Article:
Come spend some time in Italy's glamorous lake country, tasting different gelato flavors and exploring prestigious villages complete with towering villas (home to movie stars).
If you want a taste of luxury, hop over to Lake Como, tucked away in Italy's picturesque lake district. It's long been famed as the most beautiful lake in Italy and is home to beautiful villas that frame the turquoise water all at the foot of the alps. Sounds pretty captivating, doesn't it? Lake Como is just a short ride from Milan, making it an easy addition to your dreamy Italian itinerary while you're touring Europe.
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This portion of Italy is an ideal addition to a quick trip to Milan before jumping off to experience the other cities on your bucket list. Lake Como is best suited for a day trip or short visit if you're like our ILP volunteers, which is why I've pulled the top villages to see, recommendations on what villas and museums to hit, and info about how to get around the lake to make your trip here a breeze.
- First, Get A Little Info
- Top Villages To See
- See These Villas + Museums + Castles
- Best Beaches On Lake Como
- How To Get To Lake Como + Around The Lake
First, Get A Little Info
The rest of the info on this post will make way more sense if you can orient where things are. Lake Como is found up north, near the border of Switzerland. Found at the base of the towering alps, the lake is one of the deepest in all of Europe and is a curious "Y" shape, with well-known villages dotting the coastline. The city of Lake Como is closest to Milan but I'd recommend hopping over to see the most well-known villages that hug the lakeside — you can get that info below, as well as details on how to get around the lake using water taxis, ferries, or hydrofoils.
Lake Como is often touted as the most luxurious lakeside destination in Italy, with several villas that house movie stars like George Clooney, who has a lakeside property (just one member of the rich and famous who like to live or vacation here). Plan on exploring colorful promenades, sailing past terraced villas, wandering luxurious gardens, and soaking up some sun on the stoney beaches here.
Top Villages To See
There are dozens of little villages that are found on the coastline of the lake. The biggest hub of the area of Como City, found at the base of one of the Y tips, but most tourists tend to visit the more popular villages found around the lake for a day or so. Here's a little teaser about which village has to offer, so you can pick the best for your itinerary:
If you only can pick one little village, most would suggest Bellagio. It's found at the intersection of the two arms of the lake, packed with picturesque alleyways, cobbled streets, rows of shopping, and some highlights like the Chiesa San Giacomo, a church built in the 11th century. Bellagio is also home to some beautiful beach clubs and restaurants right on the water. Don't miss walking along the Punta Spartivento where you can see the colorful city behind you and the snow-capped mountains on the other side of the lake. The waterfront views are also rather spectacular.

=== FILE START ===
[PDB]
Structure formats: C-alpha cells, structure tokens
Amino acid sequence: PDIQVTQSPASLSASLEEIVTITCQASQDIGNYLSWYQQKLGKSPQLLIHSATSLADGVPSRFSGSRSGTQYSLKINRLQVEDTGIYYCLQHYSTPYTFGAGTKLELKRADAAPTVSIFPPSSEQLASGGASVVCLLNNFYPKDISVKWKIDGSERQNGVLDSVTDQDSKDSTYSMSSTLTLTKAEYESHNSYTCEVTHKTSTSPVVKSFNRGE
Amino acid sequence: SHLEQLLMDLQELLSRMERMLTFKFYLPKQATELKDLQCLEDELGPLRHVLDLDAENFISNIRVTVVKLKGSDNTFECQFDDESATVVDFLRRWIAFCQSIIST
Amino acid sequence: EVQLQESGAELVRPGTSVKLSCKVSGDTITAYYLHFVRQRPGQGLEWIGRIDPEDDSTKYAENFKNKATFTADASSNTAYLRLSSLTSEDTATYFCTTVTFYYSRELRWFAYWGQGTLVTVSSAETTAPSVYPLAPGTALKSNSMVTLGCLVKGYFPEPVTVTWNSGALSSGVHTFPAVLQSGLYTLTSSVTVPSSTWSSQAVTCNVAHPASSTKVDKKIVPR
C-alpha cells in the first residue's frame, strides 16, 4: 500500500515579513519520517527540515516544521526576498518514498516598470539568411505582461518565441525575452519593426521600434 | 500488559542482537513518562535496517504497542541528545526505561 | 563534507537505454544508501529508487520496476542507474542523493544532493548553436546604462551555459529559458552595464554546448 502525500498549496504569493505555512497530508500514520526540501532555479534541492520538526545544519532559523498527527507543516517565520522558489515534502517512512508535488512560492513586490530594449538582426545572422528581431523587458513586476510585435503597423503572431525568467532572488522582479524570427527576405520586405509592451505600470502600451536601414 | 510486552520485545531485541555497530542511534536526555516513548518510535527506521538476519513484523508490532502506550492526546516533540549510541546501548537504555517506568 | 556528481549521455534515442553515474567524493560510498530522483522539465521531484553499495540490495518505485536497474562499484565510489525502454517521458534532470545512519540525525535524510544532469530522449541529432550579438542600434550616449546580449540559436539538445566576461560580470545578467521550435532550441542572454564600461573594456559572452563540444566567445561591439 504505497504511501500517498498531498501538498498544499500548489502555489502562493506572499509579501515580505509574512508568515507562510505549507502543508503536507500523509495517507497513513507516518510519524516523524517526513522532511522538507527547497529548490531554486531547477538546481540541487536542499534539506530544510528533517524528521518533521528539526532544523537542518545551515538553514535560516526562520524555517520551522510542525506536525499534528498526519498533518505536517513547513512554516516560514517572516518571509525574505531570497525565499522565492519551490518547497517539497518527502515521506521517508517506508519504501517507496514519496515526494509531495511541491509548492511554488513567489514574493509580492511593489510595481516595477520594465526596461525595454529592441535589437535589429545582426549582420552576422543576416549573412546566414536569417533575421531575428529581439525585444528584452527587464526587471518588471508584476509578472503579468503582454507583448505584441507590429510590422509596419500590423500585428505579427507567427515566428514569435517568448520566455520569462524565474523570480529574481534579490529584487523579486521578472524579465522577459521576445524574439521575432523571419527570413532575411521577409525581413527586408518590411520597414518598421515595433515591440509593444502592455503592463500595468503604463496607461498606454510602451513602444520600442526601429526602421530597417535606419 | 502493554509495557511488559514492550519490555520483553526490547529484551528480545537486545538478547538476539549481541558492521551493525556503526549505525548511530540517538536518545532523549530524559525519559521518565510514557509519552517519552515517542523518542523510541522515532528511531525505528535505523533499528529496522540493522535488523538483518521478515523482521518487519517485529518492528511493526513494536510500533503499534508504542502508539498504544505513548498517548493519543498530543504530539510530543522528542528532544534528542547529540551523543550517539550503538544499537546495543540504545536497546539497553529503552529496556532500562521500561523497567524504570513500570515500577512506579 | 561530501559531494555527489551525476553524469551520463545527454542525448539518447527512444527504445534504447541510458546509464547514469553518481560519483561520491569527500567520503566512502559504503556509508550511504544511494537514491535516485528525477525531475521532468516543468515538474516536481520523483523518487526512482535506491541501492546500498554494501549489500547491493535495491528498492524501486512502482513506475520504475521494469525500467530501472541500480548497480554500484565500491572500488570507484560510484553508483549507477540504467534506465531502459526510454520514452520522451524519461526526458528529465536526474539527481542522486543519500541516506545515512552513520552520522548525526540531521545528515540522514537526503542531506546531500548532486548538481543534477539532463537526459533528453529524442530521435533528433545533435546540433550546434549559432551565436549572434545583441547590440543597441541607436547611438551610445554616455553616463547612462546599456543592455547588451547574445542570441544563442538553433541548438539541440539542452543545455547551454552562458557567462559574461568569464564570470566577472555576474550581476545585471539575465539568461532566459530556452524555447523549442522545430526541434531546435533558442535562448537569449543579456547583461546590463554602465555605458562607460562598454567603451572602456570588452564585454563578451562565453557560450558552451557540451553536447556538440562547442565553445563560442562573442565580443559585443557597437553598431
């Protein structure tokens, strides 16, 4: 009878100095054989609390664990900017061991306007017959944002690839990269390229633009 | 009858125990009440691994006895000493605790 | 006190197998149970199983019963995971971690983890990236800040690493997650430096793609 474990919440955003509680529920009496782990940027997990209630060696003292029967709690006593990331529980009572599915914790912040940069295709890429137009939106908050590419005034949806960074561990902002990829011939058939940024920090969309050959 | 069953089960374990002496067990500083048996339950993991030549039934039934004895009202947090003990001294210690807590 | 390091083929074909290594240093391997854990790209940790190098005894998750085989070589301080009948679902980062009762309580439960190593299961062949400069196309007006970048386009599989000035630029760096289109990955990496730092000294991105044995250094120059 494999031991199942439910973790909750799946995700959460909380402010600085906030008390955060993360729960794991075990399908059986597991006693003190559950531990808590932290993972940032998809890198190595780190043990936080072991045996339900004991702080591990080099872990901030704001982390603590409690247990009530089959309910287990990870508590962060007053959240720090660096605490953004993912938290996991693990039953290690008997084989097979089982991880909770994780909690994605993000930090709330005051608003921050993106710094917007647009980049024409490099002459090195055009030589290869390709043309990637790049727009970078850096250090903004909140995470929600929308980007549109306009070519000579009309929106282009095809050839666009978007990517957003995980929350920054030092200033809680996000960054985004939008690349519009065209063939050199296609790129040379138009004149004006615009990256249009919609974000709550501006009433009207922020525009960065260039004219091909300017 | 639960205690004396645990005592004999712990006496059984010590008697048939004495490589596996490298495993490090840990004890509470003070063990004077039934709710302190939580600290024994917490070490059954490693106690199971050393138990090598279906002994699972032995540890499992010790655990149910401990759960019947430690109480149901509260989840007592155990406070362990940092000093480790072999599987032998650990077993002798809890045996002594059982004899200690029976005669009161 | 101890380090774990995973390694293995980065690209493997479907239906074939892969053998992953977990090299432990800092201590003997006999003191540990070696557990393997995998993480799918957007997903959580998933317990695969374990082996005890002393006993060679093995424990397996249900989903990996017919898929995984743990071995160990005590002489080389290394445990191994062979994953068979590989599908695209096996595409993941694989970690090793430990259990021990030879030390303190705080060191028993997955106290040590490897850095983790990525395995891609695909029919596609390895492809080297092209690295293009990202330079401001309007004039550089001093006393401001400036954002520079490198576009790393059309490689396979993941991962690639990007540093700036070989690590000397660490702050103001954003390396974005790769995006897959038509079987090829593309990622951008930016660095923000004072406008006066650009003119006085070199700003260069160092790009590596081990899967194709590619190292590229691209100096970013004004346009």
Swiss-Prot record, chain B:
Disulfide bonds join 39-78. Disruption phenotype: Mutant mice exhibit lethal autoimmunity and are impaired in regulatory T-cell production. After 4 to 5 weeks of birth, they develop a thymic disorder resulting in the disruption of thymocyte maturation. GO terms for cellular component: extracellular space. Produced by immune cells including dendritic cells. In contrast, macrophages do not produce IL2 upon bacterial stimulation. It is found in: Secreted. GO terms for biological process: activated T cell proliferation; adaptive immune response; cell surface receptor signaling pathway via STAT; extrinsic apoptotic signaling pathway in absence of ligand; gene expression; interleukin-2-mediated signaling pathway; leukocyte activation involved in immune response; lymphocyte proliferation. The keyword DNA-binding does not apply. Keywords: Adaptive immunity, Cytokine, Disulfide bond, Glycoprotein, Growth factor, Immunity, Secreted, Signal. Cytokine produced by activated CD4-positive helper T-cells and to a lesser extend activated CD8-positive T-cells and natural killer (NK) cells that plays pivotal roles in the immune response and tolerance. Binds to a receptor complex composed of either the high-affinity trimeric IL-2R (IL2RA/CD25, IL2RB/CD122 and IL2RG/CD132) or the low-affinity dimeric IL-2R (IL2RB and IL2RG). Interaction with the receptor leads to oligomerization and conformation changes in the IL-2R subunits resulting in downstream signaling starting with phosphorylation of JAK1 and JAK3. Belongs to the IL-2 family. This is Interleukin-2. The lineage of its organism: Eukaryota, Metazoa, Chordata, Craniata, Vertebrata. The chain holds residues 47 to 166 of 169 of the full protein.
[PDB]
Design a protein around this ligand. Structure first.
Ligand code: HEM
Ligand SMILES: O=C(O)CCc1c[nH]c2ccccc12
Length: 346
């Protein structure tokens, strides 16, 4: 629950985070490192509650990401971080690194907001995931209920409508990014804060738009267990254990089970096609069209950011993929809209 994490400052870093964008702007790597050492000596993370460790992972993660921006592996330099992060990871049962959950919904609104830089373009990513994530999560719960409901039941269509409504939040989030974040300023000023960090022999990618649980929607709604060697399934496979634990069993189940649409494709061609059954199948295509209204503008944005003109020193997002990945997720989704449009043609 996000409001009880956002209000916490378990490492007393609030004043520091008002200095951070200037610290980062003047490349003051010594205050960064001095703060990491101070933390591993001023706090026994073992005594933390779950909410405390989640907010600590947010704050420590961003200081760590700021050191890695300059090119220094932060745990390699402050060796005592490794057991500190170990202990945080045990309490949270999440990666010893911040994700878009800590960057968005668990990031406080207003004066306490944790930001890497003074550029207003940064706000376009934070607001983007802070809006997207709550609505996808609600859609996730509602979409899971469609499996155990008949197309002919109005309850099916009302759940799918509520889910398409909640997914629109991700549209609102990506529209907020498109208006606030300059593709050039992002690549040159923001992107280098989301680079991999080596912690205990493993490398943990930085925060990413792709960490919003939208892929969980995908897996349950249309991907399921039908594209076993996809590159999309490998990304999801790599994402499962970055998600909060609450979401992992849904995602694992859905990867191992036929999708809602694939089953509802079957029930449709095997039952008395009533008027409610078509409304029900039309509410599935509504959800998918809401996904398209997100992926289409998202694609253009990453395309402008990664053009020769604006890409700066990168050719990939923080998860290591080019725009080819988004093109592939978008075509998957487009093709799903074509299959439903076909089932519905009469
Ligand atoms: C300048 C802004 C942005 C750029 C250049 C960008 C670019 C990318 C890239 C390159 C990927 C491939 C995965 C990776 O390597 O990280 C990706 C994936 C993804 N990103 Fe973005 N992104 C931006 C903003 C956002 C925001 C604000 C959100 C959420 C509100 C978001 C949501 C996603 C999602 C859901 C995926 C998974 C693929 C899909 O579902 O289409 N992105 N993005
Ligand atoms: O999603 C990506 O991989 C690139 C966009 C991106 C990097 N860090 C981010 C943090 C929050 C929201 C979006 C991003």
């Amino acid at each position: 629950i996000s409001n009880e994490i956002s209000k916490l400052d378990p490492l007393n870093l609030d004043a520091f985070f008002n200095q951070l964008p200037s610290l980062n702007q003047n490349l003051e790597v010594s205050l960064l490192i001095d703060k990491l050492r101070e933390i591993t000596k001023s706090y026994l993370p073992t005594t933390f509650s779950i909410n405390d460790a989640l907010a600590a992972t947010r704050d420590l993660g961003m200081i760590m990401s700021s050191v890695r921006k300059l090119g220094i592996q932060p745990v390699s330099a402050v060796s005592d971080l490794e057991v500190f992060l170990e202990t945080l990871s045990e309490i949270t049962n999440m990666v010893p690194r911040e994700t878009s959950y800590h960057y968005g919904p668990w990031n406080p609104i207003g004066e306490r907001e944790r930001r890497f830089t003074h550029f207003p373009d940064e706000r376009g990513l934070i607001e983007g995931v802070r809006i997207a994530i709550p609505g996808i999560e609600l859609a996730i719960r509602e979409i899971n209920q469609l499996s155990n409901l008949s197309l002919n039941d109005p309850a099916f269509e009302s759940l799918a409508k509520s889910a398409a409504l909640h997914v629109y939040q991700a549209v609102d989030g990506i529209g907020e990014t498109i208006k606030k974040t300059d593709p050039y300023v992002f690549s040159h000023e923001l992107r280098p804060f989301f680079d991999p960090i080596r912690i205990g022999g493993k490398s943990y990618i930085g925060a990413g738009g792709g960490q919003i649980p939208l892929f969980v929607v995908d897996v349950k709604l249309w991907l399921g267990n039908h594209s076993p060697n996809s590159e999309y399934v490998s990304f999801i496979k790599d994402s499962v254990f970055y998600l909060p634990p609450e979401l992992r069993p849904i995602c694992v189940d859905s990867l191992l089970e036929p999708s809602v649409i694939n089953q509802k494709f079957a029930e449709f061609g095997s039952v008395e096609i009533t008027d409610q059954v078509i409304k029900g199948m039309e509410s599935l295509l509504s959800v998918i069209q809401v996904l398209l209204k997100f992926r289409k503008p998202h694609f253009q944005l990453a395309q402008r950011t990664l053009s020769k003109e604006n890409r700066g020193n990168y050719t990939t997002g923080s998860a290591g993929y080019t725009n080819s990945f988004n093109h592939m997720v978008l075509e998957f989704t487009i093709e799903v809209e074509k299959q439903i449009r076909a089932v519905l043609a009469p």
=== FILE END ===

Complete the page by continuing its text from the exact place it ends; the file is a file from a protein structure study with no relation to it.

While you're in Bellagio, it's also popular to visit the small fisherman's village, Pescallo. You can take the tourist train to the village or make the 15-minute walk uphill. As a note, Bellagio does get crowded in the summer months but is rather quiet and sleepy in the off-seasons.
Found just 20 minutes away from Bellagio, Varenna is a fun stop-over while you're in this part of the lake. Take note of the cobbled alleyways and old Church of San Giorgio, built in the 14th century. Try to time your walk along the Riva Grande at sunset or sunrise to see the yellow, orange, and pink colors of the buildings match the sun over the water. While still a popular escape, it's less crowded in the summer months than Bellagio which makes it a good addition if you want a bit of a break from the tourists in the high season.
The town center is really the jewel of Menaggio, an open plaza rimmed with shops, restaurants, and boutiques (and those pretty colored buildings you know about small Italian villages). The lake Promenade is also lovely, as is the suggestion to block out time exploring the medieval look of the upper Old Town. Expect to see the ruined remnants of the old castle which used to protect the city, and stone buildings covered in green ivy if you visit in the warmer months.
A Few Others
If you have more time in Lake Como or want to do a little more research on additional villages to see, there are a few more to recommend. The tourism board for Lake Como has a website with a "Town Guides" tab that has more info on these and others.
See These Villas + Museums + Castles